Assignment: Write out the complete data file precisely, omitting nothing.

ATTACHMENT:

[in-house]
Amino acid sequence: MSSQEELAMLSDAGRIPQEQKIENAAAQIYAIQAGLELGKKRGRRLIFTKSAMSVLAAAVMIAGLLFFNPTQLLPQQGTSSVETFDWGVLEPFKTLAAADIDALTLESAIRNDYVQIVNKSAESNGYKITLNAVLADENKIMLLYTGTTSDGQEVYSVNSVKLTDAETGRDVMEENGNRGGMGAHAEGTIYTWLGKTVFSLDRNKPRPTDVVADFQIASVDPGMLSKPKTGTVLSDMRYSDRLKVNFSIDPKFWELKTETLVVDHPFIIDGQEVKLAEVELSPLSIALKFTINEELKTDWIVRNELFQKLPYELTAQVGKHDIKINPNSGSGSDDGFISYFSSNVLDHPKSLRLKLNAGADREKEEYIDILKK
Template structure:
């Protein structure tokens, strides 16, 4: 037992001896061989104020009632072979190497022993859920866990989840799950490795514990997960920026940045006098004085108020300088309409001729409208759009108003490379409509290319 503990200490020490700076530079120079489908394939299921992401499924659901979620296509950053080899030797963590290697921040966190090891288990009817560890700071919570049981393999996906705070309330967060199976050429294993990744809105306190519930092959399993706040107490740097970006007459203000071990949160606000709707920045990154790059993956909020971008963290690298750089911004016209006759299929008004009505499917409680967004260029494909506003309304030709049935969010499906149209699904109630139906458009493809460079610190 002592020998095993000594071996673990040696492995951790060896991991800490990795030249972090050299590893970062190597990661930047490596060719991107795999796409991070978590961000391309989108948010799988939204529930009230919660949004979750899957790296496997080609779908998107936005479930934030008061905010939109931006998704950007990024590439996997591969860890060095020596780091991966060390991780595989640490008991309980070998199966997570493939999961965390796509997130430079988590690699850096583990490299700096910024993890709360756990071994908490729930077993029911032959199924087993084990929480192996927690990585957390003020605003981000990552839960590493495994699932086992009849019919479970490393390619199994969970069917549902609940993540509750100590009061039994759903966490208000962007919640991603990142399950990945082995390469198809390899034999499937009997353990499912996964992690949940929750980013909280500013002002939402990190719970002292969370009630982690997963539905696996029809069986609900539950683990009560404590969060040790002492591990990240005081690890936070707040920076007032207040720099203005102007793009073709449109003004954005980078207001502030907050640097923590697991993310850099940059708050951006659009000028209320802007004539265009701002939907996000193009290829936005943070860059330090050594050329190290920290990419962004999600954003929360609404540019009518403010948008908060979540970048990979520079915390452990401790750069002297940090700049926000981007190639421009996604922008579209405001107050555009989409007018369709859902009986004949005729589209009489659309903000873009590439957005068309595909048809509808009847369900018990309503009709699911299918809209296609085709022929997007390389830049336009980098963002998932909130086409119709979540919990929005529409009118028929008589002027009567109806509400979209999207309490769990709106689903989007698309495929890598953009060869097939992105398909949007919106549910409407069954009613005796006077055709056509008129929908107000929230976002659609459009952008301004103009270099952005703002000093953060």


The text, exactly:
[in-house]
Amino acid sequence: MSSQEELAMLSDAGRIPQEQKIENAAAQIYAIQAGLELGKKRGRRLIFTKSAMSVLAAAVMIAGLLFFNPTQLLPQQGTSSVETFDWGVLEPFKTLAAADIDALTLESAIRNDYVQIVNKSAESNGYKITLNAVLADENKIMLLYTGTTSDGQEVYSVNSVKLTDAETGRDVMEENGNRGGMGAHAEGTIYTWLGKTVFSLDRNKPRPTDVVADFQIASVDPGMLSKPKTGTVLSDMRYSDRLKVNFSIDPKFWELKTETLVVDHPFIIDGQEVKLAEVELSPLSIALKFTINEELKTDWIVRNELFQKLPYELTAQVGKHDIKINPNSGSGSDDGFISYFSSNVLDHPKSLRLKLNAGADREKEEYIDILKK
Template structure:
């Protein structure tokens, strides 16, 4: 037992001896061989104020009632072979190497022993859920866990989840799950490795514990997960920026940045006098004085108020300088309409001729409208759009108003490379409509290319 503990200490020490700076530079120079489908394939299921992401499924659901979620296509950053080899030797963590290697921040966190090891288990009817560890700071919570049981393999996906705070309330967060199976050429294993990744809105306190519930092959399993706040107490740097970006007459203000071990949160606000709707920045990154790059993956909020971008963290690298750089911004016209006759299929008004009505499917409680967004260029494909506003309304030709049935969010499906149209699904109630139906458009493809460079610190 002592020998095993000594071996673990040696492995951790060896991991800490990795030249972090050299590893970062190597990661930047490596060719991107795999796409991070978590961000391309989108948010799988939204529930009230919660949004979750899957790296496997080609779908998107936005479930934030008061905010939109931006998704950007990024590439996997591969860890060095020596780091991966060390991780595989640490008991309980070998199966997570493939999961965390796509997130430079988590690699850096583990490299700096910024993890709360756990071994908490729930077993029911032959199924087993084990929480192996927690990585957390003020605003981000990552839960590493495994699932086992009849019919479970490393390619199994969970069917549902609940993540509750100590009061039994759903966490208000962007919640991603990142399950990945082995390469198809390899034999499937009997353990499912996964992690949940929750980013909280500013002002939402990190719970002292969370009630982690997963539905696996029809069986609900539950683990009560404590969060040790002492591990990240005081690890936070707040920076007032207040720099203005102007793009073709449109003004954005980078207001502030907050640097923590697991993310850099940059708050951006659009000028209320802007004539265009701002939907996000193009290829936005943070860059330090050594050329190290920290990419962004999600954003929360609404540019009518403010948008908060979540970048990979520079915390452990401790750069002297940090700049926000981007190639421009996604922008579209405001107050555009989409007018369709859902009986004949005729589209009489659309903000873009590439957005068309595909048809509808009847369900018990309503009709699911299918809209296609085709022929997007390389830049336009980098963002998932909130086409119709979540919990929005529409009118028929008589002027009567109806509400979209999207309490769990709106689903989007698309495929890598953009060869097939992105398909949007919106549910409407069954009613005796006077055709056509008129929908107000929230976002659609459009952008301004103009270099952005703002000093953060």